Friday, June 1, 2012

Team Learning - Psychological Safety

One key internal mechanisms that aids teams to operate effectively is the psychological safety that team members gain while operating within the unit of the team.  Edmondson (2012) identified the general premise of psychological safety: no one team member can perform perfectly in every scenario. Team members vary on their knowledge and experience, additionally work places and tasks vary on levels of complexity.  As the level of complexity increases psychological safety becomes an even more critical team construct.

Kostopoulos and Bozionelos (2011) identified psychological safety where team members are safe for interpersonal risk taking, meaning that teams and team members are able to take risks without any repercussions if they fail.  The learning process, rather than the results, is what is important to the team - as long as the team members continue to learn by trying new methods to solve problems they should feel free to explore without being penalized in any manner.  Psychological safety provides a healthy learning environment by facilitating exploratory learning and creating an environment conducive to critical thinking and open discussion (Kostopoulos & Bozionelos, 2011).

Edmondson (2012) identified some benefits provided by psychological safe work environments for teams:

  • Encourages speaking up
  • Enables clarity of thought
  • Supports productive conflict
  • Mitigates failure
  • Promotes innovation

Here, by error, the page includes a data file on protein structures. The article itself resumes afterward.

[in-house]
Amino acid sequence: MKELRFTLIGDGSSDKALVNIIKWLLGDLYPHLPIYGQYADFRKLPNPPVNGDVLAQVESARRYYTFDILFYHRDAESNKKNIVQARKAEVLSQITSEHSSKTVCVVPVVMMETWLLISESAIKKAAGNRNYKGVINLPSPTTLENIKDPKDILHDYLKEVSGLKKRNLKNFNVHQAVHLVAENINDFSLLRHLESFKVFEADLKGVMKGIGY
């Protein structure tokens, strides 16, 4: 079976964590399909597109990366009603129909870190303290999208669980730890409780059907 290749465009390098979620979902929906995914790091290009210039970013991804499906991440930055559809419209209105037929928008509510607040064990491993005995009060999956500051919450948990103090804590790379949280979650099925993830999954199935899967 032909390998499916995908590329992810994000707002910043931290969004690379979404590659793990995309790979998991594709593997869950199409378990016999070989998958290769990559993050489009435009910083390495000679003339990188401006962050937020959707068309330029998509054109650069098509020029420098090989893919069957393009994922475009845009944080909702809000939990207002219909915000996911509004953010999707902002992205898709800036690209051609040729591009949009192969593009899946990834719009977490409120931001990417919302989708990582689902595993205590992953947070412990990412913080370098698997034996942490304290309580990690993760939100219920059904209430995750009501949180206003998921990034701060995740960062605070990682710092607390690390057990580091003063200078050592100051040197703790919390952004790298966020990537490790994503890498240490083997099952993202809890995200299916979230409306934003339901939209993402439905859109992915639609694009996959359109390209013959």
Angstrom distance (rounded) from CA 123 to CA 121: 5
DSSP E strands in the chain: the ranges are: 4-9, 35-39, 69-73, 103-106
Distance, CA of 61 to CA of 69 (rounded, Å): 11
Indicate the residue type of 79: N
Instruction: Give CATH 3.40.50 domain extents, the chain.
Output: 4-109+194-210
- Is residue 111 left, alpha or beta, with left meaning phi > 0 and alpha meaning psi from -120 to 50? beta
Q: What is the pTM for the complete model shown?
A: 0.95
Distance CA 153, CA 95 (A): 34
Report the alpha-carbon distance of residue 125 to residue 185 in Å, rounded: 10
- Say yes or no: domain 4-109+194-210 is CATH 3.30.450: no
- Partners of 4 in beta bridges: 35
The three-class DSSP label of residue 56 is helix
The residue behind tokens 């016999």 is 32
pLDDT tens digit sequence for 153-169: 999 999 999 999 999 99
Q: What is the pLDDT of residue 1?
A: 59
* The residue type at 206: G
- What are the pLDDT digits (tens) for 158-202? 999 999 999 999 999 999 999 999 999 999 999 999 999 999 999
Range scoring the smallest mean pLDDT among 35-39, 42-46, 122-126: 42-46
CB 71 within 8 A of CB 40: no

• Removes obstacles to pursuing goals for achieving performance
  • Increases accountability (p. 126, Exhibit 4.2)

Schein (2010) identified that a change leader "must reduce learning anxiety by increasing the learner's sense of psychological safety" (p. 305).  Schein (2010) identified eight activities that a change leader must empliment to provide a psychological safe team environment:

  • A compelling positive vision
  • Formal training
  • Involvement of the learner
  • Informal training of relevant "family" groups, and teams
  • Practice fields, coaches, and feedback
  • Positive role models
  • Support groups in which learning problems can be aired and discussed
  • Systems and structures that are consistent with the new way of thinking and working (pp. 306-307).

When each of these eight activities are created, simultaneous, a clear psychological safe work environment will be provided for teams to operate in - providing a safe learning environment for team members to function in.


Edmondson, A. C. (2012). Teaming: How Organizations Learn, Innovate, and Compete in the Knowledge Economy. San Francisco, CA: Jossey-Bass.    

Kostopoulos, K. C., & Bozionelos, N. (2011). Team exploratory and exploitative learning: Psychological safety, task conflict, and team performance. Group and Organization Management, 36(3), 385-415. dpi: 10.1177/1059601111405985

Schein, E. H. (2010). Organizational Culture and Leadership (4th ed.). San Francisco, CA: John Wiley & Sons.
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